The media’s narrative never changes, no matter what the facts are.
If the media are going to keep wailing about how vital a free press is, could they start reporting stuff?
There’s a remarkable number of dangling facts about Stephen Paddock’s mass murder in Las Vegas, which the media have shown little inclination to investigate. It’s almost as if they’re worried that too much investigation will ruin it.
Who was the woman shouting, “YOU’RE ALL GOING TO DIE!” right before the concert? Is any reporter interested in finding out? Probably a random crazy lady, but that’s not typical pre-concert behavior.
Why is it taking so long to find out if anyone else went into Paddock’s hotel room since he checked in last Thursday? I’m perfectly prepared to accept that he was the only one who entered that room, but can we see the surveillance video?
The sum-total of the information we know about Marilou Danley, the woman who’s been living with Paddock for years is the following: She was out of the country at the time of the attack. She’s not involved.
Paddock had apparently assembled an enormous arsenal of weapons. Did she know about it? Did he tell her why? Had his behavior changed recently? Why wasn’t he with her on her trip? Had they broken up? And why did Paddock recently wire $100,000 to the Philippines?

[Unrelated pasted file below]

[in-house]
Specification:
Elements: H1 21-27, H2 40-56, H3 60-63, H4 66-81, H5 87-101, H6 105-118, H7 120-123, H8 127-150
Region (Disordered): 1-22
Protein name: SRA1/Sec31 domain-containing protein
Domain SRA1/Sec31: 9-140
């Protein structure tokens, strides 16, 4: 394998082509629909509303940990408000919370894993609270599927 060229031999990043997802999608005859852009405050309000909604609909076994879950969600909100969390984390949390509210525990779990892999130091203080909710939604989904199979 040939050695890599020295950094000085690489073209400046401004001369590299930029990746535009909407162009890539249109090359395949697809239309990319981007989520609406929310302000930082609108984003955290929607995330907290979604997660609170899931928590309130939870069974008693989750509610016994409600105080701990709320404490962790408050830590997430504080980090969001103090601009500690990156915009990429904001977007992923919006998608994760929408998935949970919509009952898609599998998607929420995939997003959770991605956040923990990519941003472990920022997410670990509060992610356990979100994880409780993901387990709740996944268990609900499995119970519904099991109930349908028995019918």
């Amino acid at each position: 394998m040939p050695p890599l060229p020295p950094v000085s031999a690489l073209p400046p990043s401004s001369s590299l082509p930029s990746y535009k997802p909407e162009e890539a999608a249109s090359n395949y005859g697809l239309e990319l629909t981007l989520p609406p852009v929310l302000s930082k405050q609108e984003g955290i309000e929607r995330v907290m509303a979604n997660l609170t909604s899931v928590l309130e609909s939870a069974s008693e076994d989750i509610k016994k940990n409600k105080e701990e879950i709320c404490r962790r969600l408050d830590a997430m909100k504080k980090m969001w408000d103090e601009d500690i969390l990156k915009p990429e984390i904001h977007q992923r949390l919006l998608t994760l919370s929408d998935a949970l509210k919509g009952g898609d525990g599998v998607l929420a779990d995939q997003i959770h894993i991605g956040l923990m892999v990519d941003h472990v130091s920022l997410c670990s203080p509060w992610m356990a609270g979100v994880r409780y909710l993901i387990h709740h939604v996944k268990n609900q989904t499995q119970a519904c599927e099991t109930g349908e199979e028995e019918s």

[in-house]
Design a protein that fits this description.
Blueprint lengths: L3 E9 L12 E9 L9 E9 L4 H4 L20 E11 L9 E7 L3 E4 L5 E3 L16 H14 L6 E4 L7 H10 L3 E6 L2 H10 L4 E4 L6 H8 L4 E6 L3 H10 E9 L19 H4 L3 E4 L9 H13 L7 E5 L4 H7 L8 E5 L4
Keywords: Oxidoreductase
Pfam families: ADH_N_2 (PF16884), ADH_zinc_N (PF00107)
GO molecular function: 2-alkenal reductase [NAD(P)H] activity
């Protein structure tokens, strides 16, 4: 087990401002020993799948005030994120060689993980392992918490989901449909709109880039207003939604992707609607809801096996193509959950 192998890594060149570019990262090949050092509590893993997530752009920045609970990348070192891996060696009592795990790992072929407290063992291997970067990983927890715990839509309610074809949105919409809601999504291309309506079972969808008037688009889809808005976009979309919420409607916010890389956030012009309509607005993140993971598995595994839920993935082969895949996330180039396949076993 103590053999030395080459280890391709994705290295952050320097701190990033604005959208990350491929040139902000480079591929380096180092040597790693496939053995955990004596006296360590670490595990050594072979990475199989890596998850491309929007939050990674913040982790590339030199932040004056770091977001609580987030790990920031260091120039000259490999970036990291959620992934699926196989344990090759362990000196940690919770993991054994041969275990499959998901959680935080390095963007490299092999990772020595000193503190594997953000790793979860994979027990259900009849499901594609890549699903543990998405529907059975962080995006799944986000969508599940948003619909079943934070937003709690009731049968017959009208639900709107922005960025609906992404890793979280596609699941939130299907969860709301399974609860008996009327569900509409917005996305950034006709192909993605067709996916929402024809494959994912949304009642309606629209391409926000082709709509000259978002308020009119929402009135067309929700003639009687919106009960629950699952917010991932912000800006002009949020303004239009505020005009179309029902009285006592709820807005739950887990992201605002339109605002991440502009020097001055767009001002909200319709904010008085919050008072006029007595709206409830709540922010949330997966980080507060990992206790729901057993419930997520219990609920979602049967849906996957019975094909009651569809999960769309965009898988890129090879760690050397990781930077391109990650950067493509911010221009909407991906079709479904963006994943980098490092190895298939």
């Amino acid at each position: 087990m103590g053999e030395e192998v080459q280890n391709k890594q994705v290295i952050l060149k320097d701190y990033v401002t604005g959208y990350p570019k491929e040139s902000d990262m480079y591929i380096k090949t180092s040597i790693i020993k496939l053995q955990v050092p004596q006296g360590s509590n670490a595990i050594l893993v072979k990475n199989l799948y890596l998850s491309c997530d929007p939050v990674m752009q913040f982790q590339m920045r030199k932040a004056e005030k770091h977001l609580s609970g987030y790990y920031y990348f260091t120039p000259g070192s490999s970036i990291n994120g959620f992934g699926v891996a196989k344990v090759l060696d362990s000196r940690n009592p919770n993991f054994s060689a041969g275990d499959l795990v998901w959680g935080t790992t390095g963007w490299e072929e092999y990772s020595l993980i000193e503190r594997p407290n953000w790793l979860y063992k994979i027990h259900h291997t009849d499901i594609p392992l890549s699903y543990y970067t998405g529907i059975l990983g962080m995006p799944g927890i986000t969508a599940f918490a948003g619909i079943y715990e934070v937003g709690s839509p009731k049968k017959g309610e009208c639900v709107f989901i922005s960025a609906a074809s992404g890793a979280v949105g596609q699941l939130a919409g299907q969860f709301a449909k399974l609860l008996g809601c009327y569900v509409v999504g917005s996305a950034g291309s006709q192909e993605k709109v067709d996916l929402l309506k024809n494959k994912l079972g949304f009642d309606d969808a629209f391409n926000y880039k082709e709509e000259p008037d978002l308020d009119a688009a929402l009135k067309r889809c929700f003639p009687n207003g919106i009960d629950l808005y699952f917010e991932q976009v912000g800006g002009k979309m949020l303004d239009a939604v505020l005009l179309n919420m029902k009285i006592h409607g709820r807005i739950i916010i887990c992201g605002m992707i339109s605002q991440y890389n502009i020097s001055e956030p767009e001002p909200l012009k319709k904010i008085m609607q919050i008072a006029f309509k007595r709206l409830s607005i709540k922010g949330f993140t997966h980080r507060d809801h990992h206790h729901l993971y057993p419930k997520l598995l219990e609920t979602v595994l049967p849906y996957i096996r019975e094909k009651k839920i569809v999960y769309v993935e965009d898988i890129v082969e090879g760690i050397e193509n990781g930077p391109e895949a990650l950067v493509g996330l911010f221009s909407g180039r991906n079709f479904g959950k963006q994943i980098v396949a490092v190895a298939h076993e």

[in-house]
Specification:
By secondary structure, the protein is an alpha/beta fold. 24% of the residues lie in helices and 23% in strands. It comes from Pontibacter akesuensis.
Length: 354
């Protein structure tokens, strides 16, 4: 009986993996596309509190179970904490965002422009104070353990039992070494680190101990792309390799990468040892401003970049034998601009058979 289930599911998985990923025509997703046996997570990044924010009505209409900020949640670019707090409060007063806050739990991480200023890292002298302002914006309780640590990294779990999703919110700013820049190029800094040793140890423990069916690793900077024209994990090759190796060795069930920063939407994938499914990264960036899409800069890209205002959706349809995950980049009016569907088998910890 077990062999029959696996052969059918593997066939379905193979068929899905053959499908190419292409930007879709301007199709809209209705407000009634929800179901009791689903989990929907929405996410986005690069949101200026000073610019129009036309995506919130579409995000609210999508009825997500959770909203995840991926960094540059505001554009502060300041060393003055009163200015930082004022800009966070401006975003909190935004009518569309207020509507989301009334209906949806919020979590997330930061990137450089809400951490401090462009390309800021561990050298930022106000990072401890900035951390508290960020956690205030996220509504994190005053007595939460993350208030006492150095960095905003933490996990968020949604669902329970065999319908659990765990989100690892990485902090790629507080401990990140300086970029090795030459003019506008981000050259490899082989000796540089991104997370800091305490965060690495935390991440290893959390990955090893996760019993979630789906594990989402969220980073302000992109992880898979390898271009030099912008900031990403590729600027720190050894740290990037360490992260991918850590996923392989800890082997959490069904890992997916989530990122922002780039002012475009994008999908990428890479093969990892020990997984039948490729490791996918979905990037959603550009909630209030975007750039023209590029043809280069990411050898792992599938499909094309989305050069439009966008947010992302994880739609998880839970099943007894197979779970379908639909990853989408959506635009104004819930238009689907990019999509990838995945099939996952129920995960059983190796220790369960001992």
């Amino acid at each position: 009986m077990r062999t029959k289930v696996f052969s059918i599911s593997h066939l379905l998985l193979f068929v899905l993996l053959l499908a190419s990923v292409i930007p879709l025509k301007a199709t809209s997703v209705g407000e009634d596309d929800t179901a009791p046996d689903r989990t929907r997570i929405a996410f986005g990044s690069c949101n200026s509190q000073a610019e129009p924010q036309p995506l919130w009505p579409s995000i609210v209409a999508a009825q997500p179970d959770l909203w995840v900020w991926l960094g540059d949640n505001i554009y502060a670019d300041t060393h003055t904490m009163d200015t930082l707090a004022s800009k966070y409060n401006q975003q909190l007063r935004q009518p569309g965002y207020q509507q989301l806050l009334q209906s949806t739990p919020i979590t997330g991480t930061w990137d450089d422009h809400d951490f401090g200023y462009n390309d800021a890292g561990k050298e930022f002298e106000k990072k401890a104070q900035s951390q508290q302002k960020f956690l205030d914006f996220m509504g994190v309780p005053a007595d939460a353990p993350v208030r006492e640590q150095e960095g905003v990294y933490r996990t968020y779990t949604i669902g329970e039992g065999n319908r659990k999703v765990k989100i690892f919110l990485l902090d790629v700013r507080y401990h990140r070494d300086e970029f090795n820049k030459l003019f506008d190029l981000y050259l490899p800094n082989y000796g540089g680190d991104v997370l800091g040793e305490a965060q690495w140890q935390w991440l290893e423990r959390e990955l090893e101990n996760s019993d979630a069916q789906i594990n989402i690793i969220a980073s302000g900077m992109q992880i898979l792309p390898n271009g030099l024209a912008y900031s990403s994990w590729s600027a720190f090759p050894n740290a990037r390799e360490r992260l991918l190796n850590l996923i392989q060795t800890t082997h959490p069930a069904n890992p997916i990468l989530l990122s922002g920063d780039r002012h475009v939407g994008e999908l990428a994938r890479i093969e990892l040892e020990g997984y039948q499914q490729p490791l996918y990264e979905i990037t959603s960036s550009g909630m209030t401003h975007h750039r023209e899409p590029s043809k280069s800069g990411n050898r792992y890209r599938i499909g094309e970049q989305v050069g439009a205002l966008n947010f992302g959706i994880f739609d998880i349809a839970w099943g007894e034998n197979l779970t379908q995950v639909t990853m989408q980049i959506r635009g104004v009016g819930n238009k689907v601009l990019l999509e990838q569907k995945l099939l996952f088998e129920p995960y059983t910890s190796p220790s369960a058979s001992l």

Within hours of the first indictments in the Duke lacrosse case — later, all thrown out — the media was bristling with information about the players’ parents, the homes they grew up in, the ritziness of their neighborhoods, and the tuition at their Catholic high schools. Doesn’t any reporter want to ask Danley anything?
Do we know yet why Paddock broke two windows? What were his recent winnings or losses at gambling?
I don’t know if any of this would change the basic narrative. But the media don’t know, either, and they seem strangely reluctant to ask. As Sherlock Holmes said: First, you exclude the impossible, and whatever remains, however improbable, must be the truth. Our media isn’t doing the reporting that would allow us to exclude anything. And then they wonder why conspiracy theories develop.